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Van Gundy: Pistons need shoring up on multiple fronts

Rod Beard
The Detroit News
Jon Leuer defends against Kyrie Irving on Monday night.

Auburn Hills — Coach Stan Van Gundy wasn’t overly impressed with the Pistons’ performance on Friday against the Golden State Warriors. Focusing on the bottom line, Van Gundy wasn’t happy because they didn’t win.

A loss is a loss.

With so much of the focus on the new starting lineup, featuring Jon Leuer at power forward instead of Tobias Harris, Van Gundy is looking at the bigger picture and how that group is playing overall. The issue was that they were falling behind early and having to dig out of big holes.

Adding Leuer was supposed to help improve the defense and the Pistons stayed close through three quarters and the game wasn’t decided until the last couple minutes against the Warriors. Now, it’s just seeing if they can hold up over the course of a few games.

“We got off to a decent start; it’s a work in progress. We needed to change something to get us off to better starts,” Van Gundy said. “That’s only one thing; I’m not looking at the lineup change as some miracle cure — we have to play better.”

Van Gundy emphasized that the lineup switch is just one tweak; there’s so much more that they focus on to try to get a tangible impact. There are a number of other changes that Van Gundy is looking to make in order to try to get out of the five-game slide.

“Everybody has to play better. We have not played well enough over the last 11 games. Regardless of lineup changes or anything else, we have to play a lot better,” he said. “That’s one thing we did, but I’m focused on our defense being better, the pace and energy of our offense. That’s only one piece of it.”

Getting Reggie Jackson’s production back to where it was last season is one of the biggest priorities. Though he’s posting 14.2 points and 4.9 assists, his numbers are down sharply as he recovers from knee tendinitis. More alarming, though, is the Pistons’ 3-8 record since Jackson’s return.

Beard: Van Gundy searching for answers amid skid

The struggles aren’t just about Jackson; it’s spread to the whole starting group, which has seen a drop in production as well.

“Since Reggie’s come back, that lineup just hasn’t been as good, particularly early in games. We’re finding ourselves in some holes, so you try to change something,” Van Gundy said. “Fans and media a lot of times, that’s the thing they really seize on. For us, it’s no different than an adjustment we make in our defense in trying to get our (centers) up more in the pick-and-rolls or back more in the pick-and-rolls.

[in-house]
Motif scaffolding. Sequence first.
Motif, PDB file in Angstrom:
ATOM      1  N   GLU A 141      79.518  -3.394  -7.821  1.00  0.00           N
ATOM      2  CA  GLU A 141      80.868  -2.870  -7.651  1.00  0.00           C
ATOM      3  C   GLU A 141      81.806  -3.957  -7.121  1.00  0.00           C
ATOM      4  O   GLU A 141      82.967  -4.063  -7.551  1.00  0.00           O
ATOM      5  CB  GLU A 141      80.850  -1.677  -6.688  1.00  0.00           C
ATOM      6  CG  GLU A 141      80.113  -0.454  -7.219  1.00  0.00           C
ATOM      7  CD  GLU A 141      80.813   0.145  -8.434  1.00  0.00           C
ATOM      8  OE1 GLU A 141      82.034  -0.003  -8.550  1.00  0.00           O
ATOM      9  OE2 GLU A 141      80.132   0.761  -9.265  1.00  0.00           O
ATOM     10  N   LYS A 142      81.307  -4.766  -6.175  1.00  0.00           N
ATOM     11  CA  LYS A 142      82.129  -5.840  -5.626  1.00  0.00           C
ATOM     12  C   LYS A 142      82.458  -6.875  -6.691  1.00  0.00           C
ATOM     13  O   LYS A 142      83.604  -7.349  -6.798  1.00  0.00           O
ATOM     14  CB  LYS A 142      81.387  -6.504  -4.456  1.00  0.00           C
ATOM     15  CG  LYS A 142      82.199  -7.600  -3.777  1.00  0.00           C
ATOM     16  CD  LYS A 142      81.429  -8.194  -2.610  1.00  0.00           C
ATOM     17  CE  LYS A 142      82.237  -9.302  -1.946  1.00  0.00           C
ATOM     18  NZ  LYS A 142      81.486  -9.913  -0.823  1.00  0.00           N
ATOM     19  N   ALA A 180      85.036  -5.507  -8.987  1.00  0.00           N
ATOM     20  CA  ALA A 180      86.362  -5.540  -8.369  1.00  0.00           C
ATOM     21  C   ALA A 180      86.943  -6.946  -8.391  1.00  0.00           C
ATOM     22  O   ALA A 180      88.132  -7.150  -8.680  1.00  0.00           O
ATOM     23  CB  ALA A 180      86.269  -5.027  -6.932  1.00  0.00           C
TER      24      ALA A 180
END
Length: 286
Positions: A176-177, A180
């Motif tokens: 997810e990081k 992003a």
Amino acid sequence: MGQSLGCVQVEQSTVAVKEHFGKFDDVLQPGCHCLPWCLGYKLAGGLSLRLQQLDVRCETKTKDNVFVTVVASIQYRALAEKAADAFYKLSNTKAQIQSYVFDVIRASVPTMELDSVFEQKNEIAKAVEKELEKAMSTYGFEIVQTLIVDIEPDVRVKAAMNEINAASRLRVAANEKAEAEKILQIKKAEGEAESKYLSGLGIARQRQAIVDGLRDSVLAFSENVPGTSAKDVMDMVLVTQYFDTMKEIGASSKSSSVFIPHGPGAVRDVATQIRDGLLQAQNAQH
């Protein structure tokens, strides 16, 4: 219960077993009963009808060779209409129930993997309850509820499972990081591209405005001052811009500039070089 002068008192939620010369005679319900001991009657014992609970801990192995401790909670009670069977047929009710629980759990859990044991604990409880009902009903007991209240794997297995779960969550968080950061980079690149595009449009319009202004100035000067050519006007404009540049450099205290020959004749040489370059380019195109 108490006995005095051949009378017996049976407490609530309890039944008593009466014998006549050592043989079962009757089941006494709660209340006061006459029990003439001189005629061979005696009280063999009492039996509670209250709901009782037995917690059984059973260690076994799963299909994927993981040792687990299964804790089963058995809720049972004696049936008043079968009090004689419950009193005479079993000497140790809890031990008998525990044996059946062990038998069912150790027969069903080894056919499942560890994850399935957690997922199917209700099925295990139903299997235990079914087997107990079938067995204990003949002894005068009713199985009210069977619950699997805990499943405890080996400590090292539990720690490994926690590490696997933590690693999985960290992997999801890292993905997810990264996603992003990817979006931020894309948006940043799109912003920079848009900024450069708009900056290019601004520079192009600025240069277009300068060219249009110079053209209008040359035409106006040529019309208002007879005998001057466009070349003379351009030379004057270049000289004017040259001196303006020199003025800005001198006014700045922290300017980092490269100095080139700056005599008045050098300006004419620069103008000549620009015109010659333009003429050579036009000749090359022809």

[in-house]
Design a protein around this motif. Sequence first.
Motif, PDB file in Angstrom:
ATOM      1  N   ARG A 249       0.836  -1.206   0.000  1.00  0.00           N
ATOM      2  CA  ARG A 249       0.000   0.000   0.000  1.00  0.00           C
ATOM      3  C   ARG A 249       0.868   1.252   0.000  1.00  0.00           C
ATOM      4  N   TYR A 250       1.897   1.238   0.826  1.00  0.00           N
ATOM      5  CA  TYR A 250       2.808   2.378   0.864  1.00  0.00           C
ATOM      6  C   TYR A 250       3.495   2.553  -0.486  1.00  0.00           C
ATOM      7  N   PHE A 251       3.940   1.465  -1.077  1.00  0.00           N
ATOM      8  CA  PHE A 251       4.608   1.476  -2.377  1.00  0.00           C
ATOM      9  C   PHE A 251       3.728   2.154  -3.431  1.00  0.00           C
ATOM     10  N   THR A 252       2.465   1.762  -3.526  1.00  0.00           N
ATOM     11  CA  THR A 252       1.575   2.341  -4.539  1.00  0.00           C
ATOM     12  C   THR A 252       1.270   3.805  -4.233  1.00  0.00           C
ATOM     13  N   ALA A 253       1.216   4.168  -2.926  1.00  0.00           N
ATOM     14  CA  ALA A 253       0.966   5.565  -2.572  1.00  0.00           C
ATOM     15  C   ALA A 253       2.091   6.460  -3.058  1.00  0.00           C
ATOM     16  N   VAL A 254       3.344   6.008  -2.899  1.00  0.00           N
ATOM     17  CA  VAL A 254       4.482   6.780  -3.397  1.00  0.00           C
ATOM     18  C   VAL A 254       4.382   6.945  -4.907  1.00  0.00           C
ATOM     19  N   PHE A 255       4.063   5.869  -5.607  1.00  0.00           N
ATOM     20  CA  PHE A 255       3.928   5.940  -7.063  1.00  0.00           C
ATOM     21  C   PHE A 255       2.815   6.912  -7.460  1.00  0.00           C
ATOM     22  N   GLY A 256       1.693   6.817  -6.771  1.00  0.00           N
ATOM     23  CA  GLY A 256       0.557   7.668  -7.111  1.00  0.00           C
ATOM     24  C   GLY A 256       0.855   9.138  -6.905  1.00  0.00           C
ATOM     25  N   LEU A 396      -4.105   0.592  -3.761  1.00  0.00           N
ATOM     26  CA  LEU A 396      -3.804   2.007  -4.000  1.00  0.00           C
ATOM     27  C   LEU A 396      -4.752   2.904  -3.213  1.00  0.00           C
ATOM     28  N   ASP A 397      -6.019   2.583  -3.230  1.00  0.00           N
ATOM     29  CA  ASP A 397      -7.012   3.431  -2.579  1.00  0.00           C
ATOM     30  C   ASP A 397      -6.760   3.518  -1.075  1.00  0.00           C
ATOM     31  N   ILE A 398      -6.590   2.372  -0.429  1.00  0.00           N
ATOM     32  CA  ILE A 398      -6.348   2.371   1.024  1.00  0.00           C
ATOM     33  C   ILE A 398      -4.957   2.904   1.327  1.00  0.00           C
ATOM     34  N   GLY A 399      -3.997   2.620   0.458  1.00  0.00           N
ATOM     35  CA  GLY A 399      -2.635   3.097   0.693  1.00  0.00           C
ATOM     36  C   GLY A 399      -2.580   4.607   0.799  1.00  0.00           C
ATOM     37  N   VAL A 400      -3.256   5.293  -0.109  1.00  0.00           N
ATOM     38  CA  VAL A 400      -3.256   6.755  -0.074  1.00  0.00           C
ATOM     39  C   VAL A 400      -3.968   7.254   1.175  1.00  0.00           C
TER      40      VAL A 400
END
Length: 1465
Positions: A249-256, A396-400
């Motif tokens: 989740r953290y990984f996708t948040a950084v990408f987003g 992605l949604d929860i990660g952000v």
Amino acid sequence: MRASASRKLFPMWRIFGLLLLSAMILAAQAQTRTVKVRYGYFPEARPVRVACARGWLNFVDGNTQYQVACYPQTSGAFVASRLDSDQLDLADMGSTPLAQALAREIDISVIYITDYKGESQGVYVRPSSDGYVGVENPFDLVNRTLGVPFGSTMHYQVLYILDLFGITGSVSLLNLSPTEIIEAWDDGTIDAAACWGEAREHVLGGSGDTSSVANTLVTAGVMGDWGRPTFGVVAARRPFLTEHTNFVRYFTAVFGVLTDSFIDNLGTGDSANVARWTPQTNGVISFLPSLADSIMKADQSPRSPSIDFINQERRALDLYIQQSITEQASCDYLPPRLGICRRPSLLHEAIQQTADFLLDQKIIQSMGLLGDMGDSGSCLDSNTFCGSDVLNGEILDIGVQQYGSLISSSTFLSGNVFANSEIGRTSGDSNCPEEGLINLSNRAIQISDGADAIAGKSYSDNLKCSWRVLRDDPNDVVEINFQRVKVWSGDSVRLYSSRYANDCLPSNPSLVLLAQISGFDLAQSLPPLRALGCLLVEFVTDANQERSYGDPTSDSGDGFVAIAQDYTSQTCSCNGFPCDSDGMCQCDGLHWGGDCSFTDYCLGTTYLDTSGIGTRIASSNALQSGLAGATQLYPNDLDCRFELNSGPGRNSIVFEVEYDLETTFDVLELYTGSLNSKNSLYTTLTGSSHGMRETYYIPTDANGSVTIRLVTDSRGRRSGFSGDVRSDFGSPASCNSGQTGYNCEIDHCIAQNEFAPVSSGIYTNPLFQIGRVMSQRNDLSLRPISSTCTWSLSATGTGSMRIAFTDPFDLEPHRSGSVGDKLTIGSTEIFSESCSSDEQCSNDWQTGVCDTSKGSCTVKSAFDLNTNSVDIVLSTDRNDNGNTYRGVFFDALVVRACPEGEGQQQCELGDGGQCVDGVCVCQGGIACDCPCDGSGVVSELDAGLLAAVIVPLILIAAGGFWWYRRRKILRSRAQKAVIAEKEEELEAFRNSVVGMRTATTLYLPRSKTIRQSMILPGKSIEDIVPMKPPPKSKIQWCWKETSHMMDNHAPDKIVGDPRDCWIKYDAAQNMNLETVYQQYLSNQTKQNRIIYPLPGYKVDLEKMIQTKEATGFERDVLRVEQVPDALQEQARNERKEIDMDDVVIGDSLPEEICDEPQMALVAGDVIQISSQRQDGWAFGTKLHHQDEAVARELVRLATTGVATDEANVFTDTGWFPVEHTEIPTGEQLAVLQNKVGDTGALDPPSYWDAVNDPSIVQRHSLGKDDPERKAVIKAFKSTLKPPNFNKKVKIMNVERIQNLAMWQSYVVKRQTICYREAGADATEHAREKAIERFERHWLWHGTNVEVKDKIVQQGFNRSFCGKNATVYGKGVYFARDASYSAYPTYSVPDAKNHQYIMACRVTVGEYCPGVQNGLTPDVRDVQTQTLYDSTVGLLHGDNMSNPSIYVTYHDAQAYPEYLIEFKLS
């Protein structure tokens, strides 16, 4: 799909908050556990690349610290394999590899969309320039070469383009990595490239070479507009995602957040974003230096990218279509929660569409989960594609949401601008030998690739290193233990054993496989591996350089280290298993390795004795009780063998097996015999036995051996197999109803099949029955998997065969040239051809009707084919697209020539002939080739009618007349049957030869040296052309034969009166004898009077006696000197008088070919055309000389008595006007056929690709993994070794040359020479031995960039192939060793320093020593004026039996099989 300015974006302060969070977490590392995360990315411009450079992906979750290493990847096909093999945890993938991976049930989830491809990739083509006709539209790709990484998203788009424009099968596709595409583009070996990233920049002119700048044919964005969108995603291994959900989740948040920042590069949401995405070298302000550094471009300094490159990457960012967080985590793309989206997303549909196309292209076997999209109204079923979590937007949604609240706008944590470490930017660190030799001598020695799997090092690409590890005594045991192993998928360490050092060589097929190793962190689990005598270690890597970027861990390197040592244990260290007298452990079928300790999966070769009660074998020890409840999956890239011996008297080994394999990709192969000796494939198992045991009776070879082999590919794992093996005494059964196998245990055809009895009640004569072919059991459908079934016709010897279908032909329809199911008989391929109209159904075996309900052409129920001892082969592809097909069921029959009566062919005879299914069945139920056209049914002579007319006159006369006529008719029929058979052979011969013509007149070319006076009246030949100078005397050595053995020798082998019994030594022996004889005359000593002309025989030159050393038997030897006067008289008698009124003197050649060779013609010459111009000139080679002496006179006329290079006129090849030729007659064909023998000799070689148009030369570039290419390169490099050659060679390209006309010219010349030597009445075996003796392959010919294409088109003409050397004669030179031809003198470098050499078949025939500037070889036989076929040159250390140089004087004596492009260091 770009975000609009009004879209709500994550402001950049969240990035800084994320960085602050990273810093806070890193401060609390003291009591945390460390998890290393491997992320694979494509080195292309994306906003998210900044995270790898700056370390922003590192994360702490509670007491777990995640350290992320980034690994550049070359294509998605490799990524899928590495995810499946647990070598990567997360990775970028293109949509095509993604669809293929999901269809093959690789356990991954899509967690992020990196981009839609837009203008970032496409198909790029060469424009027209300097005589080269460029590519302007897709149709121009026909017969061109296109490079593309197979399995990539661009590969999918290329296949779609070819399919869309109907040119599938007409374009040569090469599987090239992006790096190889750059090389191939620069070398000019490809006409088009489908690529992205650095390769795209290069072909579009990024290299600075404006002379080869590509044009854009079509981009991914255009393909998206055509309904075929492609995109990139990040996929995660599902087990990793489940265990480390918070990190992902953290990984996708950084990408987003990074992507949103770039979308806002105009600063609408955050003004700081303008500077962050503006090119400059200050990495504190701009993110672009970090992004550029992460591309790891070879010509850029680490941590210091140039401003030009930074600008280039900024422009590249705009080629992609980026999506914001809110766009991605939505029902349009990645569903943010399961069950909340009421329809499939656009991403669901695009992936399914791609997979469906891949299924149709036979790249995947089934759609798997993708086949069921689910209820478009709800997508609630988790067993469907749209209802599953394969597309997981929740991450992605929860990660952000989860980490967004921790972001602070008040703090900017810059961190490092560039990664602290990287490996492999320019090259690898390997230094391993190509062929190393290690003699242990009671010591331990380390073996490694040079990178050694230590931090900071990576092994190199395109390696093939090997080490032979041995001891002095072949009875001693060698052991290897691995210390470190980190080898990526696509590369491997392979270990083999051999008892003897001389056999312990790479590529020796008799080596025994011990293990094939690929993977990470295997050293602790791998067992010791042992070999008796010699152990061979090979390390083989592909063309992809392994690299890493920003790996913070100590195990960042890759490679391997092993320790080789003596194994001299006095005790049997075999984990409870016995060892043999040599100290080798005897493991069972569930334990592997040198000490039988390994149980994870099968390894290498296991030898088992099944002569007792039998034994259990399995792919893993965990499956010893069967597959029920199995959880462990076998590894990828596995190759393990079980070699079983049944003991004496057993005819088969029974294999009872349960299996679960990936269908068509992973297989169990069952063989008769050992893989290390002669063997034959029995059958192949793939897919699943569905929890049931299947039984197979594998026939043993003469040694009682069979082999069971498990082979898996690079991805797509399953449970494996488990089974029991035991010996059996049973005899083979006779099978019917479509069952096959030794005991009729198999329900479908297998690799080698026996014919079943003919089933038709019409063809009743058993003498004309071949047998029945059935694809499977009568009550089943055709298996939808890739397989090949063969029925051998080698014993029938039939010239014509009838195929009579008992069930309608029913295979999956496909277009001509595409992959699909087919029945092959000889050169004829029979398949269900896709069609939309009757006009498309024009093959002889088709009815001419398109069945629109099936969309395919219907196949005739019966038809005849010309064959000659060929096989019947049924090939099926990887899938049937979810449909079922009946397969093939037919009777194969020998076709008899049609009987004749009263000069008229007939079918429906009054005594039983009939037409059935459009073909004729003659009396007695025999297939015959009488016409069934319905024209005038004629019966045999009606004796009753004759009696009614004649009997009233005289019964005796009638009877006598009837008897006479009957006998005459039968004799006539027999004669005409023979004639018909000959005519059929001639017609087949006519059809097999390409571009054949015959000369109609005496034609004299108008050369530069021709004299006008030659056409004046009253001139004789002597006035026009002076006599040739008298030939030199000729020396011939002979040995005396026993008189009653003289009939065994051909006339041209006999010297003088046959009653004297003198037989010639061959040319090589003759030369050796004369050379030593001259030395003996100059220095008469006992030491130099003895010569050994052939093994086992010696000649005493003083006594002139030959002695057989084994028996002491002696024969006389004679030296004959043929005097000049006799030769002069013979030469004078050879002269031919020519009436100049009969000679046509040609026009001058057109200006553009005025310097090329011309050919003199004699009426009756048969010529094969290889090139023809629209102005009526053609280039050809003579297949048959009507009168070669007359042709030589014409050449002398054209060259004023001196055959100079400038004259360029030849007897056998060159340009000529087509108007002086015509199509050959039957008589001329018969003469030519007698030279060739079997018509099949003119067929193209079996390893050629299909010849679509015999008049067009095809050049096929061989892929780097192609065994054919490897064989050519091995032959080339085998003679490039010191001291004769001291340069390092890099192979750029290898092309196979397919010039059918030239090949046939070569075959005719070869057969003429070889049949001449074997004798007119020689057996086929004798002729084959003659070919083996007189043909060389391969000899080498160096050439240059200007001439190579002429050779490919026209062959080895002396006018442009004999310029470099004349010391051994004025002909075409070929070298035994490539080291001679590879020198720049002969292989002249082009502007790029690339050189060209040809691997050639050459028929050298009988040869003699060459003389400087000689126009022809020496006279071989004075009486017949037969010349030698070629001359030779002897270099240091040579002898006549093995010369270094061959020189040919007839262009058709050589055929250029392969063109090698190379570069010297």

“Trying to put in a new set or something. It’s just another piece of the puzzle.”

It’s tough to tell anything from just one game — and Van Gundy isn’t quick to try to draw sweeping conclusions from just the Golden State game — but the energy level seemed to be different but the results were the same.

Now, if they can carry the same energy and defense over to other games, there’s a chance it can translate into more wins.

“You can’t judge that stuff in one, two or three games; you have to look at it for a while,” he said. “You can tell if your team was better in the first quarter, which we were, but you certainly have no idea what that was caused by — the lineup, the energy you brought or who you were playing.

“It takes time to figure that out. I’m not looking at that as some miracle that could save us.”

High intensity

While there was optimism that some of the changes may have helped or the Pistons may have been turning a corner to start playing basketball, the next stretch of games won’t be against the likes of the Warriors or Cavaliers.

If the Pistons have been playing to the level of their competition, they’ll have to stay at the high they were against Golden State.

“We have to take every game the same way, no matter whether we’re playing Cleveland or Milwaukee,” center Andre Drummond said. “We have to play everybody each and every night, with the same respect.” 

Rod.Beard@detroitnews.com

Twitter: @detnewsRodBeard